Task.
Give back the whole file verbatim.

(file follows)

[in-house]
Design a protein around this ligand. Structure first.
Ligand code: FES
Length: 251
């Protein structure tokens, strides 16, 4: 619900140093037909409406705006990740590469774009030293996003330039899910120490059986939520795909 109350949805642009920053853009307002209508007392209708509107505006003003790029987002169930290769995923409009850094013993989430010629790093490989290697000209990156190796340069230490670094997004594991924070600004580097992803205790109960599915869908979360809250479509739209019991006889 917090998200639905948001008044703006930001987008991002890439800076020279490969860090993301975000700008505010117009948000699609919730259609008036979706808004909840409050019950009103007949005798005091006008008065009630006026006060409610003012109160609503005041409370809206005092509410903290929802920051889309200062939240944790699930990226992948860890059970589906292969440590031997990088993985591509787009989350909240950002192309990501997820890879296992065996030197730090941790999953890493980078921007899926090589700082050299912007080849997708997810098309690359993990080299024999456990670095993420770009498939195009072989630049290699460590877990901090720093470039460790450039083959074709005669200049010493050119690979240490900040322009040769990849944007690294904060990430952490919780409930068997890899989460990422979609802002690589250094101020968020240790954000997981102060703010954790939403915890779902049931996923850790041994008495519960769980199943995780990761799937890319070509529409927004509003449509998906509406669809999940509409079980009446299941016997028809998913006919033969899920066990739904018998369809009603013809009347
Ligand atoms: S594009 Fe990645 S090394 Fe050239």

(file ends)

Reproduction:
[in-house]
Design a protein around this ligand. Structure first.
Ligand code: FES
Length: 251
């Protein structure tokens, strides 16, 4: 619900140093037909409406705006990740590469774009030293996003330039899910120490059986939520795909 109350949805642009920053853009307002209508007392209708509107505006003003790029987002169930290769995923409009850094013993989430010629790093490989290697000209990156190796340069230490670094997004594991924070600004580097992803205790109960599915869908979360809250479509739209019991006889 917090998200639905948001008044703006930001987008991002890439800076020279490969860090993301975000700008505010117009948000699609919730259609008036979706808004909840409050019950009103007949005798005091006008008065009630006026006060409610003012109160609503005041409370809206005092509410903290929802920051889309200062939240944790699930990226992948860890059970589906292969440590031997990088993985591509787009989350909240950002192309990501997820890879296992065996030197730090941790999953890493980078921007899926090589700082050299912007080849997708997810098309690359993990080299024999456990670095993420770009498939195009072989630049290699460590877990901090720093470039460790450039083959074709005669200049010493050119690979240490900040322009040769990849944007690294904060990430952490919780409930068997890899989460990422979609802002690589250094101020968020240790954000997981102060703010954790939403915890779902049931996923850790041994008495519960769980199943995780990761799937890319070509529409927004509003449509998906509406669809999940509409079980009446299941016997028809998913006919033969899920066990739904018998369809009603013809009347
Ligand atoms: S594009 Fe990645 S090394 Fe050239």